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Consumer Adoption of Low-Involvement Eco-Innovations: A Social Perspective

Human activity has historically been a significant contributor to ecological degradation. Environmental concerns have not always held a central place in the priorities of individuals. However, there has been a noticeable shift towards promoting more sustainable consumption and production practices to address the environmental challenges faced by society. Experts have emphasised one primary recommendation – the expanded use of lower carbon-intensive energy sources, including wind, solar, and hydropower, facilitated by the adoption and implementation of eco-innovations.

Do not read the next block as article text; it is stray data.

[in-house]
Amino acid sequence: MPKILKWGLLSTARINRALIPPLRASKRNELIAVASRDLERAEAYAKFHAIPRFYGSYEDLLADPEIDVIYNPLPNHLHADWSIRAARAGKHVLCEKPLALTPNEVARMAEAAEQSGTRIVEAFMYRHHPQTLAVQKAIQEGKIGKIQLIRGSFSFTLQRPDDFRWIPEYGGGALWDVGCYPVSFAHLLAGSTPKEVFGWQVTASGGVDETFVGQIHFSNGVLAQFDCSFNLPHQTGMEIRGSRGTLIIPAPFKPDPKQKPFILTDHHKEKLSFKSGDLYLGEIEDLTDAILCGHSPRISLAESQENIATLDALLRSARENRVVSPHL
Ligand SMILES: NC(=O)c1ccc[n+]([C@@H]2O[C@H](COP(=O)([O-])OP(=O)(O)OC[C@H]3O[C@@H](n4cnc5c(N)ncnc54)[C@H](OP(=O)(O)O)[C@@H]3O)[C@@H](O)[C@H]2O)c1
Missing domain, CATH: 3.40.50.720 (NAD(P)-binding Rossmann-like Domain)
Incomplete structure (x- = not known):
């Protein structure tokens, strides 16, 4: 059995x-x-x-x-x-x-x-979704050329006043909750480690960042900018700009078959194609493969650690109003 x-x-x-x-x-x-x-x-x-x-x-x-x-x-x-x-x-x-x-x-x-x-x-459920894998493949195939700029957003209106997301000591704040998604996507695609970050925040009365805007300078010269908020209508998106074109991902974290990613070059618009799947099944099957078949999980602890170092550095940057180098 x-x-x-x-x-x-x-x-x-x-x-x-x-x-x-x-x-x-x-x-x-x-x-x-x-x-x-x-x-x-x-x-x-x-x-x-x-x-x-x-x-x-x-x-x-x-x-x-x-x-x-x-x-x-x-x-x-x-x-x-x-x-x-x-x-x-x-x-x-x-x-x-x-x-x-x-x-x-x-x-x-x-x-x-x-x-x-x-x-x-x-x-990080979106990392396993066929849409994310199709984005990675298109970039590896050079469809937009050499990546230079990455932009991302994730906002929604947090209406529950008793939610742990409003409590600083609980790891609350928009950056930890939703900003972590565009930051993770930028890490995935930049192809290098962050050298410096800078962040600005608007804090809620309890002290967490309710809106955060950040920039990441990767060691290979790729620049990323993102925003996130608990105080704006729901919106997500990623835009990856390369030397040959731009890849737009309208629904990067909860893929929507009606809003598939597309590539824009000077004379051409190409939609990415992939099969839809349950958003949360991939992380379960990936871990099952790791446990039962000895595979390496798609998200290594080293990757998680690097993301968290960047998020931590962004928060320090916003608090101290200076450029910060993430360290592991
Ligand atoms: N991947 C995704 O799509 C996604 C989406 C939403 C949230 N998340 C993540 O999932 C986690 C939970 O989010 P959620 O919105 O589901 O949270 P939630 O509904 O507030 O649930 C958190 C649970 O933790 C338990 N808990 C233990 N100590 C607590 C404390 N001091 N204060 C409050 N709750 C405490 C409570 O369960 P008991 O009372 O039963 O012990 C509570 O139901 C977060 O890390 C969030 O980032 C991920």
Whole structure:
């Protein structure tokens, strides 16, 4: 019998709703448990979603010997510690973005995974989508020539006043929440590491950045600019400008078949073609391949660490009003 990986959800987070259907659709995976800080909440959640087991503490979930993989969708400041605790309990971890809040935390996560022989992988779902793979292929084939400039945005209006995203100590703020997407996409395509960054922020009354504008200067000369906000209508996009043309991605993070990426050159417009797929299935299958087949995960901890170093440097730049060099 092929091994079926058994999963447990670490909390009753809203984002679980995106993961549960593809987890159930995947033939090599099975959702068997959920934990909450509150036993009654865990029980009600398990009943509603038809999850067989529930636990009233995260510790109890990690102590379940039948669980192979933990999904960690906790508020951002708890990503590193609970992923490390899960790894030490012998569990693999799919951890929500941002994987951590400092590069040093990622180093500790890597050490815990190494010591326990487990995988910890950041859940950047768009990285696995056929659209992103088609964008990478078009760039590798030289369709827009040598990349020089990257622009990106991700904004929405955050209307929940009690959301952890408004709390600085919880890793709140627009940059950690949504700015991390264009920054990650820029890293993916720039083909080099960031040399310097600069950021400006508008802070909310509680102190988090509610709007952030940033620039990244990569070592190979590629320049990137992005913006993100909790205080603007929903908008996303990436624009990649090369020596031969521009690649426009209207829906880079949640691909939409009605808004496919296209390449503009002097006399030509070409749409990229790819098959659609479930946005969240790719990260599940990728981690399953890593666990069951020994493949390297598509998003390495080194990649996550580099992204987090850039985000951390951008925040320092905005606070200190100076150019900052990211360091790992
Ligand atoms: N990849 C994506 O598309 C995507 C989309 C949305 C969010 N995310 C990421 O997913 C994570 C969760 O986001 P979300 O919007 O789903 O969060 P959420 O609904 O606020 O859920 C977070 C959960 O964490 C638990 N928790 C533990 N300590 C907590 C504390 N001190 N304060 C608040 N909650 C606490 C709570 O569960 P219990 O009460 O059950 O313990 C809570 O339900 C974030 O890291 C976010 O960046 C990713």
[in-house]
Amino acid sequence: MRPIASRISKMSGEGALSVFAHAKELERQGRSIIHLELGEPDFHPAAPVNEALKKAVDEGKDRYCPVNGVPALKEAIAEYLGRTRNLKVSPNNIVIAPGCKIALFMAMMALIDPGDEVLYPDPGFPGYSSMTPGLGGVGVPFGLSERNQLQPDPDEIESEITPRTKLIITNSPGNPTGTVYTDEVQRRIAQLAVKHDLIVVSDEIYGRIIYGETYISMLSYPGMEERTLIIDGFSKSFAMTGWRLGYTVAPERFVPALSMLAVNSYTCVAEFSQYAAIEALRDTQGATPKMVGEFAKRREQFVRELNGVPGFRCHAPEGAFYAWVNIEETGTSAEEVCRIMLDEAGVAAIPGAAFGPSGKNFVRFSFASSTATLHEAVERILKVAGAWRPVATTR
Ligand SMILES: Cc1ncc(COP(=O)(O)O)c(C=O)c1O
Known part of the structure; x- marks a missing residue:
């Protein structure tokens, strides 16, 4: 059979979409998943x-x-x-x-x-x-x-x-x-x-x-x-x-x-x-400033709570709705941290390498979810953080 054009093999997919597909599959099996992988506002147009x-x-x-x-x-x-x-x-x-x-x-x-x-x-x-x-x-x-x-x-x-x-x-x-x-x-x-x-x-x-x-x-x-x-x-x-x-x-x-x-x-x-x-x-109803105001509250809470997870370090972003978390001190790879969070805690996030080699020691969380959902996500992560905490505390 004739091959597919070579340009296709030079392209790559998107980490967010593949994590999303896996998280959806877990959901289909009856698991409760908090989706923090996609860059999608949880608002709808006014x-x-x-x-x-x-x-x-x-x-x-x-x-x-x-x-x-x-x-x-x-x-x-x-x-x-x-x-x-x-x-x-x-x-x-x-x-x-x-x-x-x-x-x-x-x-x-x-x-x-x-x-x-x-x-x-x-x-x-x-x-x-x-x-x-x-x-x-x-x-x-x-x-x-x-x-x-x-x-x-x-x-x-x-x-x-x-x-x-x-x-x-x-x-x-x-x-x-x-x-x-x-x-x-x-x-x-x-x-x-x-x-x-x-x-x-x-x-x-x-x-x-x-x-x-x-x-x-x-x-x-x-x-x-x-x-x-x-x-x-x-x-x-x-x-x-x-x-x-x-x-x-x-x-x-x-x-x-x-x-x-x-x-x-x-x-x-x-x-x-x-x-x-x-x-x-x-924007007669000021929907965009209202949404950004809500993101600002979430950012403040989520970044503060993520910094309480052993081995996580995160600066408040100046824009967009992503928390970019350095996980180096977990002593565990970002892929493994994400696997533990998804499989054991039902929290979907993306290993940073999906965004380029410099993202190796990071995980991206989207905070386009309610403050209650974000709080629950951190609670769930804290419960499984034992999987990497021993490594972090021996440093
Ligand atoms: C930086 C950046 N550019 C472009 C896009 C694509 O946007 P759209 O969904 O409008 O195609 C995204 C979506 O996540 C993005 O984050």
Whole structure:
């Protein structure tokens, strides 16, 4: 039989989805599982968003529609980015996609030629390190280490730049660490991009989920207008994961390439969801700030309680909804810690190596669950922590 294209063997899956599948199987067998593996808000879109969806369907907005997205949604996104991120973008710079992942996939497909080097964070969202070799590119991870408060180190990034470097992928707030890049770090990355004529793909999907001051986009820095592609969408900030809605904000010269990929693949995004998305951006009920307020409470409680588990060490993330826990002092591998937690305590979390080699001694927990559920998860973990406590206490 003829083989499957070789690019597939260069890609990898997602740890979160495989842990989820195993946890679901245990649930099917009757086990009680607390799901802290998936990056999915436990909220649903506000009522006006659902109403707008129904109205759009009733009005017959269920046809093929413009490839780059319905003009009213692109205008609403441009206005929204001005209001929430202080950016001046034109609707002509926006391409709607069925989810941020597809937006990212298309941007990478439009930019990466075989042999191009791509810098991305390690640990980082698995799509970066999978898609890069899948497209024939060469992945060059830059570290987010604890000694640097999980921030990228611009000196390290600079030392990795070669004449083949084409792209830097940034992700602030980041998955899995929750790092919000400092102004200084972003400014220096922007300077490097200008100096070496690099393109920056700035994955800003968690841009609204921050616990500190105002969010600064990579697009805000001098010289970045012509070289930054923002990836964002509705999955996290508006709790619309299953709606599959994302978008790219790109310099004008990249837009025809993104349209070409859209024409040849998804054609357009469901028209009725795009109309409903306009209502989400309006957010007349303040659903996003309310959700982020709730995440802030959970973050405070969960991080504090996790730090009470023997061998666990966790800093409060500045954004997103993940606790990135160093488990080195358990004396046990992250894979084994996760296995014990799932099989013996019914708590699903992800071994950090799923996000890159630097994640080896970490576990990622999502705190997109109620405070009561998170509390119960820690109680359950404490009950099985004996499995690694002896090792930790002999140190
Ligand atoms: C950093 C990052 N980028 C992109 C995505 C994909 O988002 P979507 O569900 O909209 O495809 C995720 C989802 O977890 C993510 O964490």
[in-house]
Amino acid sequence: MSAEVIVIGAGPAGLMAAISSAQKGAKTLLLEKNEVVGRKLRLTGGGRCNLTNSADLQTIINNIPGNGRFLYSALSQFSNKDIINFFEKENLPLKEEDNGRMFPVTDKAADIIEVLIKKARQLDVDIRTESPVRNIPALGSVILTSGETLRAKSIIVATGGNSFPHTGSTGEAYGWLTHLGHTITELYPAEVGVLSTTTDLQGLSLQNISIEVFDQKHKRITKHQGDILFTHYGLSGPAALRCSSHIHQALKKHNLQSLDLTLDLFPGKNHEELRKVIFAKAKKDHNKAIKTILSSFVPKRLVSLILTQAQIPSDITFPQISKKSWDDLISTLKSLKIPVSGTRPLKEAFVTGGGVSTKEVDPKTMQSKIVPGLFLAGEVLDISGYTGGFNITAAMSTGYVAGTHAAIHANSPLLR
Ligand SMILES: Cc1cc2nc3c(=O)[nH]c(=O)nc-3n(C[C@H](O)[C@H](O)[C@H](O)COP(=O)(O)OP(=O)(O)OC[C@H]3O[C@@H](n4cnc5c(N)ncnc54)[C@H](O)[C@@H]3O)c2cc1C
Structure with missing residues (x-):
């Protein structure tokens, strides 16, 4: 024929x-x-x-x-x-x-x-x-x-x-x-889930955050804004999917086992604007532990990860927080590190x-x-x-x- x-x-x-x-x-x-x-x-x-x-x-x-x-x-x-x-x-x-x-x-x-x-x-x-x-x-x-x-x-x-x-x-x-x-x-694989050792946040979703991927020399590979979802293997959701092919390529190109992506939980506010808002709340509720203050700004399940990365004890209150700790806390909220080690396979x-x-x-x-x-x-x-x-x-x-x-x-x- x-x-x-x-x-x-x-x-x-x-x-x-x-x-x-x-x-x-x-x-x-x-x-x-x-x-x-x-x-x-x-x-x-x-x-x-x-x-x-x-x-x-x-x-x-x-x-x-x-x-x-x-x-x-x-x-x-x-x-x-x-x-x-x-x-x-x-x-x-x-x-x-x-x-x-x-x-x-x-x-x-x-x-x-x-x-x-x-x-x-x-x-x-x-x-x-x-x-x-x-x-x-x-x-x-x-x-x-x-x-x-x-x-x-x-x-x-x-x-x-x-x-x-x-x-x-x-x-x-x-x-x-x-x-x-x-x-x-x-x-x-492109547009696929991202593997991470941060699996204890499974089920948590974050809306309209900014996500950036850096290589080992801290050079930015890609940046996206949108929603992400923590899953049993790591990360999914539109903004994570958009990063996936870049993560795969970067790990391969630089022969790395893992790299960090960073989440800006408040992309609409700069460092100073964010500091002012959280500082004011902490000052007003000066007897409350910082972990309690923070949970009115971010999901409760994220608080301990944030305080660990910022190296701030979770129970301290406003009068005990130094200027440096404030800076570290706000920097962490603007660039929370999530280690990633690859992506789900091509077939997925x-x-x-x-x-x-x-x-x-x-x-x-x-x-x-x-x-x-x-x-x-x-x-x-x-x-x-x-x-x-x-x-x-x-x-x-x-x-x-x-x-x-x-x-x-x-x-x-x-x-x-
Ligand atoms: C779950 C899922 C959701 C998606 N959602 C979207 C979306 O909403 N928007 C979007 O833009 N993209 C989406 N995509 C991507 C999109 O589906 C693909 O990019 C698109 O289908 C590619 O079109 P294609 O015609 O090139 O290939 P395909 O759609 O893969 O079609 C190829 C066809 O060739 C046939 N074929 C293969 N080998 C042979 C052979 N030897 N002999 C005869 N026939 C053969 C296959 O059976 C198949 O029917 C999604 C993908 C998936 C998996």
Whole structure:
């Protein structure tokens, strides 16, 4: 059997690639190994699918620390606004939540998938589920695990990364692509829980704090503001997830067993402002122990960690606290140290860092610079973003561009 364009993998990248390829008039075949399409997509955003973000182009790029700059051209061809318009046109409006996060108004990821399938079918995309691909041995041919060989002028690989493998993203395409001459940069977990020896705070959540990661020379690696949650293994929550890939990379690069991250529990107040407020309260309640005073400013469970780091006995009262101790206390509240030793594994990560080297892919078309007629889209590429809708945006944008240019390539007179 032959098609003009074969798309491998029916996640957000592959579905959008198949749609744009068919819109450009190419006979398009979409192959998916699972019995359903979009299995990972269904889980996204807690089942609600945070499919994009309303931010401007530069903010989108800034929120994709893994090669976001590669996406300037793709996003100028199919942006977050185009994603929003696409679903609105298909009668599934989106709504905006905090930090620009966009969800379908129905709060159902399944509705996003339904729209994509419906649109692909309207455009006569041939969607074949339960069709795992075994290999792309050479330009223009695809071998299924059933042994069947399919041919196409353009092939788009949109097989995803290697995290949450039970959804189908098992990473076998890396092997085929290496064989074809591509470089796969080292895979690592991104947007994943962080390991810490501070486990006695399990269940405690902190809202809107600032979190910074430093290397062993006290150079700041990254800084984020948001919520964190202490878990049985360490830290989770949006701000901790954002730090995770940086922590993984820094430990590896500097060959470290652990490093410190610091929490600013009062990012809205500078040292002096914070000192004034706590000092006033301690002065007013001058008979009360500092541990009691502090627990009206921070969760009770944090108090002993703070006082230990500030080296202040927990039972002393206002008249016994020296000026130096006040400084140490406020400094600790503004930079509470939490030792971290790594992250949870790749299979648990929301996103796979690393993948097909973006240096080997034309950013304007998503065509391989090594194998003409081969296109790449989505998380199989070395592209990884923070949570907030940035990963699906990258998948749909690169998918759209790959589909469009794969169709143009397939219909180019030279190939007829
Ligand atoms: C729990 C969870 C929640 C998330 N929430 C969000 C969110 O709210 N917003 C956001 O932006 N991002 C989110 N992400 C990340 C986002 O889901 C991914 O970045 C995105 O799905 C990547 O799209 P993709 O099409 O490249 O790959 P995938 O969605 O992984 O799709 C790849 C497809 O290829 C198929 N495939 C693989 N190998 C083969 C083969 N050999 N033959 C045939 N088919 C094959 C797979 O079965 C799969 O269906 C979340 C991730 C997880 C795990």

Understanding the factors influencing consumer preferences for environmentally friendly products over alternatives is of paramount importance, as the achievement of sustainable development depends on the sustainability of consumption. While substantial research has explored the adoption of high-involvement eco-innovations, the significance of minor consumer choices in contributing to environmental sustainability should not be underestimated. Consequently, it is imperative to comprehend the determinants of consumer adoption of low-involvement eco-innovations, an area that has received limited exploration.